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Architecture and the Housing Question




ISBN 9780815396024
Published June 29, 2022 by Routledge
268 Pages 59 B/W Illustrations

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Book Description

Architecture and the Housing Question examines how the design and provision of housing around the world have become central both to competing political projects and to the architecture profession. 

How have architects acting as housing experts helped alleviate or enforce class, race, and gender inequality? What are the disciplinary implications of taking on shelter for the multitude as an architectural assignment and responsibility? The book features essays in the historiography of architecture and the housing question, and a collection of historical case studies from Belgium, China, France, Ghana, the Netherlands, Kenya, the Soviet Union, Turkey, and the United States. The thematic organization of the collection, interrogating housing expertise, the state apparatus, segregation and colonialism, highlights the methodological questions that underpin its international outlook.   

The book will appeal to students and scholars in architecture, architectural history, theory, and urban studies.

Table of Contents

Introduction: Architecture and the Housing Question: Specific Histories Can Bilsel and Juliana Maxim 

Part One. Whose History? Rethinking the Expert 

1. Housing and History: The Case of the Specific Intellectual Reinhold Martin 

2. Humanitarian Homemaker, Emergency Subject: Questions of Shelter and Domesticity Anooradha Iyer Siddiqi 

3. "Oh, but This Isn’t Architecture!": The Paradoxical Heritage of French Public Housing Sandra Parvu and Alice Sotgia 

Part Two. Housing and the State 

4. Inventing Socialist Modern: Housing Research and Experimental Design in the Soviet Union Daria Bocharnikova 

5. "Production First, Living Second": Welfare Housing and Social Transition in China Samuel Y. Liang 

6. "Pillars" of the Welfare State: Postwar Mass Housing in Belgium and the Netherlands Miles Glendinning 

Part Three. (De)Segregation and the Housing Enclave  

7. Housing the People Who "Lived Free": Inhabiting Social Housing in the Tin-Can Neighborhood Kıvanç Kılınç and M. Melih Cin 

8. Public Life and Public Housing: Charles Moore’s Church Street South Patricia A. Morton 

Part Four. Land, Property, Colonization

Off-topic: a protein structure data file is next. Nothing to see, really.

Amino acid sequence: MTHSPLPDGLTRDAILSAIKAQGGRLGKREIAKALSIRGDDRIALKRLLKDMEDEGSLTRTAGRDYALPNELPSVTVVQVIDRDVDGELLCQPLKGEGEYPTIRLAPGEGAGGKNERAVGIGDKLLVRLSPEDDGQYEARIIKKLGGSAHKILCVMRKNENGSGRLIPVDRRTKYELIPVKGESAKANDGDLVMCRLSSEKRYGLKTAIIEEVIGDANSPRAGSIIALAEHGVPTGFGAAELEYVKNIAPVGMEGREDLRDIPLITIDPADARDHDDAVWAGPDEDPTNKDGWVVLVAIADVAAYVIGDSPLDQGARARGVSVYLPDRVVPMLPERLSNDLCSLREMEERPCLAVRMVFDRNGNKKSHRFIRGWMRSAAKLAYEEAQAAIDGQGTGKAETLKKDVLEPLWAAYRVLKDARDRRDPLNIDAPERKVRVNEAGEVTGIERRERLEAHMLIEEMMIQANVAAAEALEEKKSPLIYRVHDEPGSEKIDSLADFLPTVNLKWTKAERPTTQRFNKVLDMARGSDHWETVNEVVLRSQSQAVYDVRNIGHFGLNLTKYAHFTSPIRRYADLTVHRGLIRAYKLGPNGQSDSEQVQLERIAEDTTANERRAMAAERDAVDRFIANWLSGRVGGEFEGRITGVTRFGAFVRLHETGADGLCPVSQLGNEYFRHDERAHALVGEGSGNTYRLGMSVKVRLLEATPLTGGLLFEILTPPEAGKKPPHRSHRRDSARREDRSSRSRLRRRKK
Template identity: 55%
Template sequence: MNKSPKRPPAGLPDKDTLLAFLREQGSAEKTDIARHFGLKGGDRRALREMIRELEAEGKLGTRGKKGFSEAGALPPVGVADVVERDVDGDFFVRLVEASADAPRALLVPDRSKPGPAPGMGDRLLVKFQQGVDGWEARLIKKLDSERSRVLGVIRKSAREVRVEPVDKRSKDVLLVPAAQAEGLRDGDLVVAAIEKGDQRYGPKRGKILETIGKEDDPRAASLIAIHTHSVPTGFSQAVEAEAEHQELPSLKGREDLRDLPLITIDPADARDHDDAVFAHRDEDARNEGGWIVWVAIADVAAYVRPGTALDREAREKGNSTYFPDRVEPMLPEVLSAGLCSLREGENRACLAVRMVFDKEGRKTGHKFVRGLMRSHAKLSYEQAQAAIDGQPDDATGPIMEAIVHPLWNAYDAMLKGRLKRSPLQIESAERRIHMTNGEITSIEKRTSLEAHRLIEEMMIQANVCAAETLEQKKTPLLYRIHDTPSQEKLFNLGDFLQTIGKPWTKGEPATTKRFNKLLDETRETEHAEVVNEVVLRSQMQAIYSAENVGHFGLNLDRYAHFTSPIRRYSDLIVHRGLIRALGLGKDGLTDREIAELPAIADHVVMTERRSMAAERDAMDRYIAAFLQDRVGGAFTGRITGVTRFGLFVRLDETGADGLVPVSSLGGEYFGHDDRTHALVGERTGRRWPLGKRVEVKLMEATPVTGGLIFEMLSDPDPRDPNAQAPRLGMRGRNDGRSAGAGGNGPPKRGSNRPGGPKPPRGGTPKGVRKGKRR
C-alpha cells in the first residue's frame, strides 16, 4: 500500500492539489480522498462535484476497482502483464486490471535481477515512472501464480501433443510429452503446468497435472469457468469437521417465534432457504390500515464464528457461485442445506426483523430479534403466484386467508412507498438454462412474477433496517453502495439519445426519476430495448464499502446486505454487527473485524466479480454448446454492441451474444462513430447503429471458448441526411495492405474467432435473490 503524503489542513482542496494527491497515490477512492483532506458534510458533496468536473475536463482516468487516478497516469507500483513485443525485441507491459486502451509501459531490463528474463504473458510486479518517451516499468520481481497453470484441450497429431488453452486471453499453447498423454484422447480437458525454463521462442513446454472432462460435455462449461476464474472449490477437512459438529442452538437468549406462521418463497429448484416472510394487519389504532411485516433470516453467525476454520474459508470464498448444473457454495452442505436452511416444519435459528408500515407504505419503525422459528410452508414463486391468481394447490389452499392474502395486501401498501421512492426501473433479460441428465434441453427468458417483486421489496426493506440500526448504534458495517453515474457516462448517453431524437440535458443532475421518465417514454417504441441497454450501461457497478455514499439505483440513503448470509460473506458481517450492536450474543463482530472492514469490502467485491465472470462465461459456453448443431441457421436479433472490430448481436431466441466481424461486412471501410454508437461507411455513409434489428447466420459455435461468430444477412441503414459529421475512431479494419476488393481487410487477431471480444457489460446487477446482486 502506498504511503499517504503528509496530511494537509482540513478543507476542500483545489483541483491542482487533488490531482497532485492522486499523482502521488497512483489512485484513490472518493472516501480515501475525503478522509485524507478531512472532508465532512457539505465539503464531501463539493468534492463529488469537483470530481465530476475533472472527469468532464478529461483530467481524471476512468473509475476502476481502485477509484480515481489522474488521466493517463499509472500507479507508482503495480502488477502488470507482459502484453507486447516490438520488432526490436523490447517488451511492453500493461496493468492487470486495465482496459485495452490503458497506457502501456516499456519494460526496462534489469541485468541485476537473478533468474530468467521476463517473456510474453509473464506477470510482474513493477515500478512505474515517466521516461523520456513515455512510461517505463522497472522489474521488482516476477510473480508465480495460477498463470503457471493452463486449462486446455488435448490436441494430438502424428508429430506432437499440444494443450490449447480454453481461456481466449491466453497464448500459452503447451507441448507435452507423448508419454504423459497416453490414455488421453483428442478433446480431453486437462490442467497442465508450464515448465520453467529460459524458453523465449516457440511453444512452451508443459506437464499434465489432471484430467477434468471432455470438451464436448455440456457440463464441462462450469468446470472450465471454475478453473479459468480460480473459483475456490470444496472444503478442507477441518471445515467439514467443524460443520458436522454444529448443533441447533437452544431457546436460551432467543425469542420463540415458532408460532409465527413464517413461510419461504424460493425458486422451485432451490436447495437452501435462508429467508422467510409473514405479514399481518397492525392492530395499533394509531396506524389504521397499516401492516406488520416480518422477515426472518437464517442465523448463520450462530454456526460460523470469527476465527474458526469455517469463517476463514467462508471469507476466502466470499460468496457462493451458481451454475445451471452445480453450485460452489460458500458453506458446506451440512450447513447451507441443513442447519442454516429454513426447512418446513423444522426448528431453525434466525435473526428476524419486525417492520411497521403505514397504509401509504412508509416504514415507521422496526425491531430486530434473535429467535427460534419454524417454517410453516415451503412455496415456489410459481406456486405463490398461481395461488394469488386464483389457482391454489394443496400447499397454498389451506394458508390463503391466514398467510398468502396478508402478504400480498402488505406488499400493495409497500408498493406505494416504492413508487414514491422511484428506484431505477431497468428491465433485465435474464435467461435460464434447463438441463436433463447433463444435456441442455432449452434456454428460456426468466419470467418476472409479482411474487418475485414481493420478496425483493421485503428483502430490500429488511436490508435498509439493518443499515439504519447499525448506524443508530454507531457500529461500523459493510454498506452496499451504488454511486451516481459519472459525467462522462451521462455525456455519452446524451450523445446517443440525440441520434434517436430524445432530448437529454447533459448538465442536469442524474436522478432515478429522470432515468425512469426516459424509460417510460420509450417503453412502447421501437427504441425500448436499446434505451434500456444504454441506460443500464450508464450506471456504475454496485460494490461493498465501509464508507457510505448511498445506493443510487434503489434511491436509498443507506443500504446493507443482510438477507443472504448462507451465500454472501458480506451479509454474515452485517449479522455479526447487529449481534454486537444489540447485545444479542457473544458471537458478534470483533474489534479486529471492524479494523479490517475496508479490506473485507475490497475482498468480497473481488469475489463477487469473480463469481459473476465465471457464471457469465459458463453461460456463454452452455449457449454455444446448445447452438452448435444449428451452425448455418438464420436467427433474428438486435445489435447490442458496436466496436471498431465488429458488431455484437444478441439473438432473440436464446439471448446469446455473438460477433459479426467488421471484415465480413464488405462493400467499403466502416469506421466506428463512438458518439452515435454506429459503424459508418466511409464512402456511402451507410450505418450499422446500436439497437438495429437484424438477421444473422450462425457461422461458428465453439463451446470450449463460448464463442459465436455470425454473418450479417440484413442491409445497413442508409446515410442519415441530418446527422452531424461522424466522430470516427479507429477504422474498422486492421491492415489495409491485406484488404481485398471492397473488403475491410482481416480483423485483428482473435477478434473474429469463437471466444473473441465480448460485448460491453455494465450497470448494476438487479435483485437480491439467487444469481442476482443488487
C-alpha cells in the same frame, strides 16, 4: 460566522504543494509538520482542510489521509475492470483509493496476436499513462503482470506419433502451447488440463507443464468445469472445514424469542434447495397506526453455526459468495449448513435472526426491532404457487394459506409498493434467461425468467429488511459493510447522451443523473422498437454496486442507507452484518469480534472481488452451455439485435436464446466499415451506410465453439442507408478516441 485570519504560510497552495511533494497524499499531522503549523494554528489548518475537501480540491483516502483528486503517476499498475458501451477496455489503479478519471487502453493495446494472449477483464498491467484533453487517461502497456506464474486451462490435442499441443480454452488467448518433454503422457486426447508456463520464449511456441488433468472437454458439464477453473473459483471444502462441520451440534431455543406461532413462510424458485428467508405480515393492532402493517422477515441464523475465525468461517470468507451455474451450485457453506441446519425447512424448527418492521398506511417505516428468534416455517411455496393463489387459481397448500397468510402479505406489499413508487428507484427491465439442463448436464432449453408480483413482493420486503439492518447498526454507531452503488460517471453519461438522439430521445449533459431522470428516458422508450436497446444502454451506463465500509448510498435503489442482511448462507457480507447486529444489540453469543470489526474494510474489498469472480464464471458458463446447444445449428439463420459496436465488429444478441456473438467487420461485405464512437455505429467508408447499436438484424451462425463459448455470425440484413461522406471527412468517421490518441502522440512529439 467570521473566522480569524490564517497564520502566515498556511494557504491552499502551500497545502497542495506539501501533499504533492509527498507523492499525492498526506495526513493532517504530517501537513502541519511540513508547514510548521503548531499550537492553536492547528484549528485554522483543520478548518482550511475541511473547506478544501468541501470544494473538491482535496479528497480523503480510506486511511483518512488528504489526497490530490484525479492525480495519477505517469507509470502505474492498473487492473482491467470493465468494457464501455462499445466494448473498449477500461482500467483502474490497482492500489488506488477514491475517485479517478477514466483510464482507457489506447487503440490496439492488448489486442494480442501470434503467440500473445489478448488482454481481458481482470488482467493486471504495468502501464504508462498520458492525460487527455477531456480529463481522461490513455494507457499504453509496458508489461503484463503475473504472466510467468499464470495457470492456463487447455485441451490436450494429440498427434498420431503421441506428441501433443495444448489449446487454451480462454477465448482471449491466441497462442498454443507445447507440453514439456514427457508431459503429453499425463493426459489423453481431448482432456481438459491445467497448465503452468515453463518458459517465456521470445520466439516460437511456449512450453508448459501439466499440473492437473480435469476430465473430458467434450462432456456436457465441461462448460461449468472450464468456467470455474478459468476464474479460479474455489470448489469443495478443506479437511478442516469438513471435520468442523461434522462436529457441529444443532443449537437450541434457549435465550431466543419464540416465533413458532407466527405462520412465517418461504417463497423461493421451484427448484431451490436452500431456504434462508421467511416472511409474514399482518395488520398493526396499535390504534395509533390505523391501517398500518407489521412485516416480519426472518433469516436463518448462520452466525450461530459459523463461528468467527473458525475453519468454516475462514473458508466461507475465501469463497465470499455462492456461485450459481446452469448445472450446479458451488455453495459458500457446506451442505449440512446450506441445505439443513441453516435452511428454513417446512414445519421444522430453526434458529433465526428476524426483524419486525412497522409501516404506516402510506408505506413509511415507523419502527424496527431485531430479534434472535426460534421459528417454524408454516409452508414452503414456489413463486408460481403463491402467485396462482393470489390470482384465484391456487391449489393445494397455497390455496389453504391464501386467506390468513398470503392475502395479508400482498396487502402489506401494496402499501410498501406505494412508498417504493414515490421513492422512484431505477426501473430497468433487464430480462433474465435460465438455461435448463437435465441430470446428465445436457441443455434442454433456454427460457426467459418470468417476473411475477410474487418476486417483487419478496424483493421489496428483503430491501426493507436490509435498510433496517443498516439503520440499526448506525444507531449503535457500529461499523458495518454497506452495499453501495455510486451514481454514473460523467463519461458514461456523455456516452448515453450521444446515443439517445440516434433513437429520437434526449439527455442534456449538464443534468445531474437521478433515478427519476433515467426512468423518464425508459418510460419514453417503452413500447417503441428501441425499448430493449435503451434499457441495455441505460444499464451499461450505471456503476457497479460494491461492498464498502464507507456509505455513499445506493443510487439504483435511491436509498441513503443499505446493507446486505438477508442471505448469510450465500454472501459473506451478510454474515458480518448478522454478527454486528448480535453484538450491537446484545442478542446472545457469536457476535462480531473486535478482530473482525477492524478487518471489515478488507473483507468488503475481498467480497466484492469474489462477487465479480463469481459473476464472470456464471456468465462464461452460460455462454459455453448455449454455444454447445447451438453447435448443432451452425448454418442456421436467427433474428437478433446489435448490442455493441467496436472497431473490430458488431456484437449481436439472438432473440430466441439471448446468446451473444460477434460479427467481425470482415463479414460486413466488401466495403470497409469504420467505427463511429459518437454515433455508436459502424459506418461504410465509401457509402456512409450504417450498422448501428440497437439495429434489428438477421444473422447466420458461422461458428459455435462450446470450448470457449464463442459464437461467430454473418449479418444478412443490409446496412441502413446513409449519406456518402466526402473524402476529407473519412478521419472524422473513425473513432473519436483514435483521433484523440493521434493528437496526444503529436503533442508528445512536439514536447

9. Landing Architecture: Tropical Bodies, Land, and the Invisible Backdrop of Architectural History Ijlal Muzaffar 

10. The Rise and Fall of California City Shannon Starkey 

Index

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Editor(s)

Biography

Can Bilsel is Professor of Architecture at the University of San Diego where he served as Chair of the Department of Art, Architecture and Art History, and the founding Director of the Architecture Program. He holds a PhD from Princeton University, SMArchS from MIT, and a B.Arch from METU in Ankara, Turkey. Bilsel has written and lectured on modern architecture and archaeology museums, and on the changing political contexts and audiences of architectural conservation. His publications include Antiquity on Display: Regimes of the Authentic in Berlin’s Pergamon Museum (Oxford, 2012), "Crisis in Conservation: Istanbul’s Gezi Park between Restoration and Resistance" (2017), "Our Anatolia: Organicism and the Making of the Humanist Culture in Turkey" (2007). He is currently working on a series of essays on urban protests, resistance and memorialization.

Juliana Maxim, Associate Professor and Chair of the Department of Art, Architecture and Art History at the University of San Diego, is an art and architectural historian whose work focuses on the history of modern aesthetic practices – from photography to urbanism – under the communist, centralized states of the Soviet Bloc. She completed her PhD dissertation in the History, Theory and Criticism of Architecture at MIT in 2006. Maxim was a recipient of the National Council for East European and Eurasian Research Award (2008-2010) and was an American Council for Learned Societies post-doctoral fellow (2012-2013). Her book titled The Socialist Life of Modern Architecture: Bucharest, 1955-1965 (Routledge), explores the remarkably intense and multifaceted architectural activity in postwar Romania and the mechanisms through which architecture was invested with political meaning.